—     In the Orlando area, 10-term Member John Mica defeated popular Freshman Sandy Adams in one of the country’s most watched incumbent-vs.-incumbent races resulting from the re-apportionment of districts. Using his substantial campaign war chest (raised in large part as a result of his being the Chairman of the House Transportation and Infrastructure Committee), Congressman Mica was masterful in re-positioning his image from the “entrenched insider” and “big spender” to that of a fiscal conservative, thereby neutralizing Rep. Adams strong suit. Surprisingly, none of the SuperPACs that had made their mark in this type of race against long-serving incumbents entered the race, which essentially sealed Rep. Adams’ political fate.


—     In an absolute shocker to all those who know him, the well-liked and conservative-credentialed 12-term Congressman Cliff Stearns – Ocala area –  was narrowly defeated (with a 1.2% margin) by political novice and Tea Party-backed veterinarian Ted Yoho. Stearns was well-funded and endorsed by fellow House members including VP nominee Paul Ryan, Rep. Michelle Bachmann, and Rep. Allen West. Among several lessons learned in this race, having a huge campaign war chest does not assure victory.

See story at

—  In the SW Miami-Florida Keys area (new District 26), “J-Street Joe” Garcia won a four-way Democratic primary and will once again face off against our good friend, Rep. David Rivera. The latter defeated Garcia by 9 points in 2010, while Rep. Mario Diaz-Balart (now representing a different district) beat Garcia by six points in the challenging 2008 elections. We coined Garcia’s nickname because he was the ONLY Florida Congressional candidate who was endorsed by the nefarious, anti-Israel, pro-Palestinian JStreet Organization and PAC in 2010. Sources report that the Democratic Party is not overly enthused about this race, and will not plow any resources into unseating Congressman Rivera.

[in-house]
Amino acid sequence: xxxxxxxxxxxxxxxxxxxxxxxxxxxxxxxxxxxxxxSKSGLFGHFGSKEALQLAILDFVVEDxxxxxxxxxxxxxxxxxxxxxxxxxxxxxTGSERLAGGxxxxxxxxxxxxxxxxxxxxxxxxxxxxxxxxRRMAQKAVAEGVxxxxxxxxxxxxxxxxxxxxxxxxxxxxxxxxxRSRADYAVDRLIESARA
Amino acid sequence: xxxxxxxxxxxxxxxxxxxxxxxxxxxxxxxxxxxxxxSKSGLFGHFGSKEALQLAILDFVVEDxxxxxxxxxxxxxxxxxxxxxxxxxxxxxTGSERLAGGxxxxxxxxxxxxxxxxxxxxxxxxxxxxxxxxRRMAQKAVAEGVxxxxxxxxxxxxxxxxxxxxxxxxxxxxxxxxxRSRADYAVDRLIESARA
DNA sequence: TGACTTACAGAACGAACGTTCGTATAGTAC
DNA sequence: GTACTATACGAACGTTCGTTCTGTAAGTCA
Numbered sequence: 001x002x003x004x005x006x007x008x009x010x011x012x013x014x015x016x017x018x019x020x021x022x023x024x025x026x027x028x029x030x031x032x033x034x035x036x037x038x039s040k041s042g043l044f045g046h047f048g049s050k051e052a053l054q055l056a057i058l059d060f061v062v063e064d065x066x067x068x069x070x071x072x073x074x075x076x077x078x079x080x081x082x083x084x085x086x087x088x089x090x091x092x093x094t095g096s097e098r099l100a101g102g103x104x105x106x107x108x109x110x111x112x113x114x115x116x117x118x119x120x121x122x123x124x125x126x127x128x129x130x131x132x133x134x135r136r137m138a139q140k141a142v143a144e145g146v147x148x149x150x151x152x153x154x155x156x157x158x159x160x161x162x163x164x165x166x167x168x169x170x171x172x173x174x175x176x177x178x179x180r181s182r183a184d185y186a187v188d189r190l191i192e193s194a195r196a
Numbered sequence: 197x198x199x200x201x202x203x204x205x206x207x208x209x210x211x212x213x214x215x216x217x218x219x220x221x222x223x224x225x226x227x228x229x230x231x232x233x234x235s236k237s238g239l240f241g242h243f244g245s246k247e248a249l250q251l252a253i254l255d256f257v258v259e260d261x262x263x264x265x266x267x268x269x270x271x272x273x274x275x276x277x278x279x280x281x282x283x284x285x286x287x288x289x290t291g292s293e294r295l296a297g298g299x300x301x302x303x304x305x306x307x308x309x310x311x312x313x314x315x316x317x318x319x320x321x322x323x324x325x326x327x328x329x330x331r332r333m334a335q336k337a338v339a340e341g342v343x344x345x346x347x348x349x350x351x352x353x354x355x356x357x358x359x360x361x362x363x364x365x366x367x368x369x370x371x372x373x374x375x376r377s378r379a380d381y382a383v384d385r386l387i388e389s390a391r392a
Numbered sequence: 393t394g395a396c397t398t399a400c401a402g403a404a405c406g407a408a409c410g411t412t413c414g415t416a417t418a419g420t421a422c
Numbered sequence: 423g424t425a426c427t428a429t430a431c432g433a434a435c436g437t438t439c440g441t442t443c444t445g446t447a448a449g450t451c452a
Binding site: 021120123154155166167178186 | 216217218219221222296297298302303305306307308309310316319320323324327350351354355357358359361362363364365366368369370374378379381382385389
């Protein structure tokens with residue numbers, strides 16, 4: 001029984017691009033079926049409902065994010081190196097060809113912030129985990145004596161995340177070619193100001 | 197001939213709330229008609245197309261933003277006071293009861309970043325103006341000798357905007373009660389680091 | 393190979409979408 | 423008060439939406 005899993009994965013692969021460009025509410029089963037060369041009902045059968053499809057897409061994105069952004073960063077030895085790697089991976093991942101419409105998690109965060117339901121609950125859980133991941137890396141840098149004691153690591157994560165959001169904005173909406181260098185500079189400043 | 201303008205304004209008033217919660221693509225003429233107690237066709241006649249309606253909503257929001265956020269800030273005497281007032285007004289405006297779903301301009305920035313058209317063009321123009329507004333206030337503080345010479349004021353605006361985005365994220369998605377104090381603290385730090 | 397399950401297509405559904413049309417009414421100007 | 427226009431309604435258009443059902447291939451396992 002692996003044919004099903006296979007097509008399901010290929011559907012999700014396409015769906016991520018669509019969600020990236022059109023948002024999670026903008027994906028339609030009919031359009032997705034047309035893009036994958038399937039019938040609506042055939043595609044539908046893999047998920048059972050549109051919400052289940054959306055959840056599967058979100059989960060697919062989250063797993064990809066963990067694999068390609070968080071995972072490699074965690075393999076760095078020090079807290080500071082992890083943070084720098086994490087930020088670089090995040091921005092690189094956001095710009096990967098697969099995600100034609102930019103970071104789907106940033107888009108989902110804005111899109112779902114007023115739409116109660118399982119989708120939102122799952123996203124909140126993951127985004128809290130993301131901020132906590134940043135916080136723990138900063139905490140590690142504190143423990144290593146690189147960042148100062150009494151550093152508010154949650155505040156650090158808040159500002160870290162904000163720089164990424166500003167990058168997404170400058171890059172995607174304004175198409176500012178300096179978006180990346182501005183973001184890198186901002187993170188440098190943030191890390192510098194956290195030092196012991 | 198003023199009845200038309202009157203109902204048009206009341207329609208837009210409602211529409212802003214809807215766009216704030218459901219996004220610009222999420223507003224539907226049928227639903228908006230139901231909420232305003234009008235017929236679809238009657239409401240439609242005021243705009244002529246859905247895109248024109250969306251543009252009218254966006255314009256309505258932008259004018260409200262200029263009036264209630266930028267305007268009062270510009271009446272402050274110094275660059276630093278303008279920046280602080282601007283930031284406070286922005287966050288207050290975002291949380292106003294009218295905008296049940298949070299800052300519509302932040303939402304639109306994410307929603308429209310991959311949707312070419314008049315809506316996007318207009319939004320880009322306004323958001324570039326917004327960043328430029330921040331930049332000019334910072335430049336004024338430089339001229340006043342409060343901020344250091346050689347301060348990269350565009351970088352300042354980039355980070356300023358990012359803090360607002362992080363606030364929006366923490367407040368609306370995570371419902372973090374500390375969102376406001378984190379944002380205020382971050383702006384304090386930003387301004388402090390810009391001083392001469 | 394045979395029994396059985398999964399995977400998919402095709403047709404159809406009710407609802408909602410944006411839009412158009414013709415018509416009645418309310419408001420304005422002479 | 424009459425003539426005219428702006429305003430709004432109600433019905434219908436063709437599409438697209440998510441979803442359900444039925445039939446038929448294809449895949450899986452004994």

—    Also as expected, Karen Harrington decisively won a heated Primary, and will return to take on DNC Chair Debbie Wasserman Schultz in District 23. In 2010, Ms. Harrington – a local business owner – garnered an impressive 39% of the vote against the powerful and well-funded Wasserman Schultz.


In Wisconsin’s highly-publicized and closely-watched GOP Senate Primary, former Governor Tommy Thompson narrowly defeated two tea-party-backed opponents with 34% of the vote. Conservative businessman Eric Hovde and former Congressman Mark Neumann. Hovde received 31 and 23 percent, respectively. A fourth opponent, state Speaker Jeff Fitzgerald, came in fourth with 12 percent. Hovde contributed $4.85 million of his own money to his campaign, according to the Federal Election Commission. Neumann had the support of the conservative Club for Growth and tea party kingmaker Sen. Jim DeMint (R-S.C.). The establishment favorite in the race, Thompson is widely considered the GOP’s best chance to beat uber-Progressive JStreet-backed Democratic Rep. Tammy Baldwin in November’s general election for the seat being vacated by Sen. Herb Kohl (D). Thompson served as governor of the Badger State from 1987 to 2001 and then as secretary of Health and Human Services under President George W. Bush from 2001 to 2005. (See

Please note that some of the results may not yet be official.